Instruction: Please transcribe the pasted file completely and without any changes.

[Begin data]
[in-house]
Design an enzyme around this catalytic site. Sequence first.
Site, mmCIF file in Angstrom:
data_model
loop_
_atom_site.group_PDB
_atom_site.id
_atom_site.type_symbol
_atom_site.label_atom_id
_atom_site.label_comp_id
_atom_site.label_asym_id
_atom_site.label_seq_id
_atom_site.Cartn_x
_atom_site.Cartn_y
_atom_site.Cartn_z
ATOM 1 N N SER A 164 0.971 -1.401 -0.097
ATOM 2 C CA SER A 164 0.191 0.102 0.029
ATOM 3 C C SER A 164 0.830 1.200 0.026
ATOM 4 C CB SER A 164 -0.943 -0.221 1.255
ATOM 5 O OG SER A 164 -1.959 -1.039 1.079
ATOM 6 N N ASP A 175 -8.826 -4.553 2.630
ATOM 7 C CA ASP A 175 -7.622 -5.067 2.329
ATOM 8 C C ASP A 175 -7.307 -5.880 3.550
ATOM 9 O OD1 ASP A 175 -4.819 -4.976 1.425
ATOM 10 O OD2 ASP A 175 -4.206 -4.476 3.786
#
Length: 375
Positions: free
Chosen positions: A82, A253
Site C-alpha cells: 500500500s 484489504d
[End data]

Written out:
[in-house]
Design an enzyme around this catalytic site. Sequence first.
Site, mmCIF file in Angstrom:
data_model
loop_
_atom_site.group_PDB
_atom_site.id
_atom_site.type_symbol
_atom_site.label_atom_id
_atom_site.label_comp_id
_atom_site.label_asym_id
_atom_site.label_seq_id
_atom_site.Cartn_x
_atom_site.Cartn_y
_atom_site.Cartn_z
ATOM 1 N N SER A 164 0.971 -1.401 -0.097
ATOM 2 C CA SER A 164 0.191 0.102 0.029
ATOM 3 C C SER A 164 0.830 1.200 0.026
ATOM 4 C CB SER A 164 -0.943 -0.221 1.255
ATOM 5 O OG SER A 164 -1.959 -1.039 1.079
ATOM 6 N N ASP A 175 -8.826 -4.553 2.630
ATOM 7 C CA ASP A 175 -7.622 -5.067 2.329
ATOM 8 C C ASP A 175 -7.307 -5.880 3.550
ATOM 9 O OD1 ASP A 175 -4.819 -4.976 1.425
ATOM 10 O OD2 ASP A 175 -4.206 -4.476 3.786
#
Length: 375
Positions: free
Chosen positions: A82, A253
Site C-alpha cells: 500500500s 484489504d